Text Size:
  • A
  • A
  • A

Faith and Charity


Supreme Chaplain Archbishop William E. Lori

Archbishop William E. Lori

The season of Lent will begin Ash Wednesday, Feb. 13. Experience teaches us that we can begin this season of repentance with many good intentions that soon fall by the wayside. Resolutions to pray more, fast or eliminate bad habits easily fade amid the wear and tear of our daily routine. As Lent approaches, we might be asking ourselves, “Will this year be different?”

In this Year of Faith, Pope Benedict XVI has invited us to observe the season of Lent in a way that will make a fundamental difference in our lives. He has asked us to reflect on the relationship between faith and charity, on how faith opens the door of our hearts to God’s love for us. When we truly believe that God is love (cf. 1 Jn 4:8) and that God loves us more than we could ever ask or imagine, then we rediscover our calling to be men and women of true and authentic charity.


Many people think of faith as belief in a set of unproven and abstract ideas and arbitrary rules, a kind of impersonal belief system that more or less guides their lives. Others think it doesn’t matter much what they believe so long as they are nice to those around them, and for that reason they do not seriously fulfill their obligation to be well-formed in the faith. However, the Christian faith that we are called to profess is neither simply a personal philosophy of life nor a feeling about God and others. It is something much more.

Faith is a gift of the Holy Spirit given to us in the sacrament of baptism that enables us to accept as true and life-giving all that God has revealed and teaches us in and through the Church. We must daily invest our whole selves in this gift of faith, through which we embrace the truth that God is love. Through faith, we are caught up in the merciful and redeeming love which God’s Son, Jesus Christ, communicated to the world by his life, death and resurrection. Through faith, we accept the merciful love of God poured into our hearts by the Holy Spirit.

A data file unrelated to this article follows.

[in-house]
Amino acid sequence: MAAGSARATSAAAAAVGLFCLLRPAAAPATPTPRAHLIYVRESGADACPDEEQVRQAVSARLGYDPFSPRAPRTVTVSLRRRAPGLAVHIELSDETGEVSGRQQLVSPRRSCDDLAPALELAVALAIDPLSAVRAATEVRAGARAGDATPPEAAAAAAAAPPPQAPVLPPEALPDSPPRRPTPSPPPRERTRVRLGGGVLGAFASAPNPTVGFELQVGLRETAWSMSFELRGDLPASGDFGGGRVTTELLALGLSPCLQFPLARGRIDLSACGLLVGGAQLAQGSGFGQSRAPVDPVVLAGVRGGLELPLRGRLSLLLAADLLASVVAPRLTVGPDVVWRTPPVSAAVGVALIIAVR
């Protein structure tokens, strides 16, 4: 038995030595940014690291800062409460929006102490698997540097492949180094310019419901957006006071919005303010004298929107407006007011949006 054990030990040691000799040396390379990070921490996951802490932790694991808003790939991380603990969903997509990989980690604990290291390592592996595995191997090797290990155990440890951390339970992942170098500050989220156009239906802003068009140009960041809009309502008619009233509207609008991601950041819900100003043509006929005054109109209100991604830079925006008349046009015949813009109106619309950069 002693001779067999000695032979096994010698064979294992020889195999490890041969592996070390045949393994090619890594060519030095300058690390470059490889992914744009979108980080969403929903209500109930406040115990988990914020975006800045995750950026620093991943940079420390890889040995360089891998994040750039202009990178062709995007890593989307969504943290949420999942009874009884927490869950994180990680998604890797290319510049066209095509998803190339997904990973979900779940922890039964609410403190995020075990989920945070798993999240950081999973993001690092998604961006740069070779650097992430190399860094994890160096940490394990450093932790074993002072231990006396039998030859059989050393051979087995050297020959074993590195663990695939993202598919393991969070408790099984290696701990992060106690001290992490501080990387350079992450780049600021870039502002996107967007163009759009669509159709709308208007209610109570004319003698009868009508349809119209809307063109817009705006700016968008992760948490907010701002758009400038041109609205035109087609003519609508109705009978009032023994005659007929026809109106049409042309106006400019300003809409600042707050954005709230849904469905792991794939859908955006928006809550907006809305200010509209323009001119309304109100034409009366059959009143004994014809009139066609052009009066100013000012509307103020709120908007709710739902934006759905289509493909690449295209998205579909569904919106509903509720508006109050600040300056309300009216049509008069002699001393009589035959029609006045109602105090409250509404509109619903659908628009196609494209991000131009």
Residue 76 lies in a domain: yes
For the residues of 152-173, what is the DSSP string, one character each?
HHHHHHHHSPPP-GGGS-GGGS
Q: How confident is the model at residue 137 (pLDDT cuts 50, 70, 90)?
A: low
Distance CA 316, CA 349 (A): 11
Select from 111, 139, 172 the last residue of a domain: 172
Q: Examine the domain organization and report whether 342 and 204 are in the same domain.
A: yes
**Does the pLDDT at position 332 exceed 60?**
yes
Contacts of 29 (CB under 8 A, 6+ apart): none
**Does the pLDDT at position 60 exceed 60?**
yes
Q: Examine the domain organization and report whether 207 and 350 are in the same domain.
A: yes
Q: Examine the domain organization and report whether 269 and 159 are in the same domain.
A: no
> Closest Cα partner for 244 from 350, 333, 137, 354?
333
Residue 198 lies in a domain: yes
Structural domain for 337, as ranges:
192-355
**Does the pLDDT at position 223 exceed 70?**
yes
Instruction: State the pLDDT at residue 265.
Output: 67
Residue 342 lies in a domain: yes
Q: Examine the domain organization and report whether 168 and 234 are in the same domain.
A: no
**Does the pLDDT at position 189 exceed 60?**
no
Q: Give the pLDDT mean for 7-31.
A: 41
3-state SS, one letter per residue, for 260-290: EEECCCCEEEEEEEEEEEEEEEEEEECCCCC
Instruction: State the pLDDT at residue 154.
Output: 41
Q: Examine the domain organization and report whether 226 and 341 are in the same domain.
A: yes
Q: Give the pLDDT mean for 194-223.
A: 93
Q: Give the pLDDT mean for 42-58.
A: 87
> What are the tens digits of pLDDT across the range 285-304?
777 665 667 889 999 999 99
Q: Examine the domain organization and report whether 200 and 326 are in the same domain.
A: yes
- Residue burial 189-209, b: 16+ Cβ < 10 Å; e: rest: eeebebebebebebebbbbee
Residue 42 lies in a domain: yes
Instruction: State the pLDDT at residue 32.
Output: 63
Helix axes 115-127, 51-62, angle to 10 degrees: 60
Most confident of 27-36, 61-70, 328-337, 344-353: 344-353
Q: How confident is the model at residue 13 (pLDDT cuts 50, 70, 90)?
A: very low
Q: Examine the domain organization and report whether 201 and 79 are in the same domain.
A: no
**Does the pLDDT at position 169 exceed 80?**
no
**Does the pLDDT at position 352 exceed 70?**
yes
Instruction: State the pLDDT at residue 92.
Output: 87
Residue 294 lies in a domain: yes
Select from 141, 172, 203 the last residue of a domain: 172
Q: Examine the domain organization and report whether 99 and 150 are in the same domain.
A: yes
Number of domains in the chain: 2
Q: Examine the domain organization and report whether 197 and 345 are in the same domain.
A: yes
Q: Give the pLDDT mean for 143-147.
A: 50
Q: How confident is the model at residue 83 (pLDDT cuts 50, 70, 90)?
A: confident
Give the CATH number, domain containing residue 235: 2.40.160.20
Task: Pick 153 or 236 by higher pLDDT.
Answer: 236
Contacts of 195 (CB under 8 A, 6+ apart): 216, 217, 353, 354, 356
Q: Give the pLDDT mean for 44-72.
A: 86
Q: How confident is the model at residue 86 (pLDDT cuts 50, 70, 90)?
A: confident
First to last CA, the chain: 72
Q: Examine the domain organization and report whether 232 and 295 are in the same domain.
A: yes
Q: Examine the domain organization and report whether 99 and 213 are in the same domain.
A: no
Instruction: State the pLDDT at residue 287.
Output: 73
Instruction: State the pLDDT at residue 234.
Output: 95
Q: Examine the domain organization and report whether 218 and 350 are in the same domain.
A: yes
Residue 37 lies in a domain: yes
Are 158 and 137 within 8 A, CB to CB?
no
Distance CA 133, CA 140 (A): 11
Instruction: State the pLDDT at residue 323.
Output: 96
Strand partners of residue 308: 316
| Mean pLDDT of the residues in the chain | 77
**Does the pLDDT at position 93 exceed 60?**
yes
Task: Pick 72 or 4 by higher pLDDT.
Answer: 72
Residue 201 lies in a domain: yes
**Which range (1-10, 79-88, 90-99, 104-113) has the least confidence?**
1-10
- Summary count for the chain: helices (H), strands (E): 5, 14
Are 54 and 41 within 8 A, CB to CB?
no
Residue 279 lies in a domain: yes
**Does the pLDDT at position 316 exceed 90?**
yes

Lent calls us to an authentic and renewed conversion to the Lord. During this time of grace, many in our parishes are making final preparations for the sacrament of baptism and entry into the Church at Easter. Those of us already baptized are called during Lent to rediscover the gift of faith so that at Easter we can sincerely reaffirm our baptismal promises to reject sin and the attraction of evil, and to profess our faith in God and in the Church.

The elements of a good Lenten observance remain the same: repentance of our sins by making a good and complete confession; forgiveness of those who have harmed or offended us; sincere efforts to pray better and more often; a resolve to deny ourselves, to forego wants and to manifest our need for God and his mercy; and a commitment to serve those in need, including some form of hands-on charity.

Our faith becomes more focused and alive when we pray, repent and extend ourselves in charity. We can then better recognize how much God loves us. We come to see Jesus not merely as a figure of history, but as alive and real, as the most important person in our lives. We grasp that he lived and died for our sake, because he loves us deeply and personally.

As the gift of faith comes alive and expands, we can never be nonchalant about coming to Mass. After all, the sacrament of faith, baptism, continually leads us to the sacrament of charity, the Eucharist.


In his letter introducing the Year of Faith, Pope Benedict said, “Only through believing, then, does faith grow and become stronger; there is no other possibility for possessing certitude with regard to one’s life apart from self-abandonment, in a continuous crescendo, into the hands of a love that seems to grow constantly because it has its origin in God.”

Once we have fallen in love with God through faith, then we will want to share the truth of his love and the love of his truth with those around us, including family members and friends who no longer practice the faith and those who seem to have no religious faith at all. The greatest act of charity we can offer others is to share with them the living Word of God — to help them discover the gift of faith that opens them up to the love of God in their lives.

We help make the faith credible to others when they can see we are responding to God’s love by leading lives of charity. This is why prayer and study of the faith combined with self-denial and service are so important. We engage in these activities through the grace of God so that our hearts will be expanded, so that we will believe and love more sincerely, and so that we can share the Gospel with others more forthrightly.

Charity, of course, is the first principle of the Knights of Columbus. Membership in the Order offers innumerable opportunities for men and their families to strengthen their faith and serve those in need. We grow together in friendship with the Lord through our fraternity, and this friendship is lived and cultivated by our practice of charity.

May this Lent, amid the Year of Faith, be a most fruitful season of grace for each of you and your families.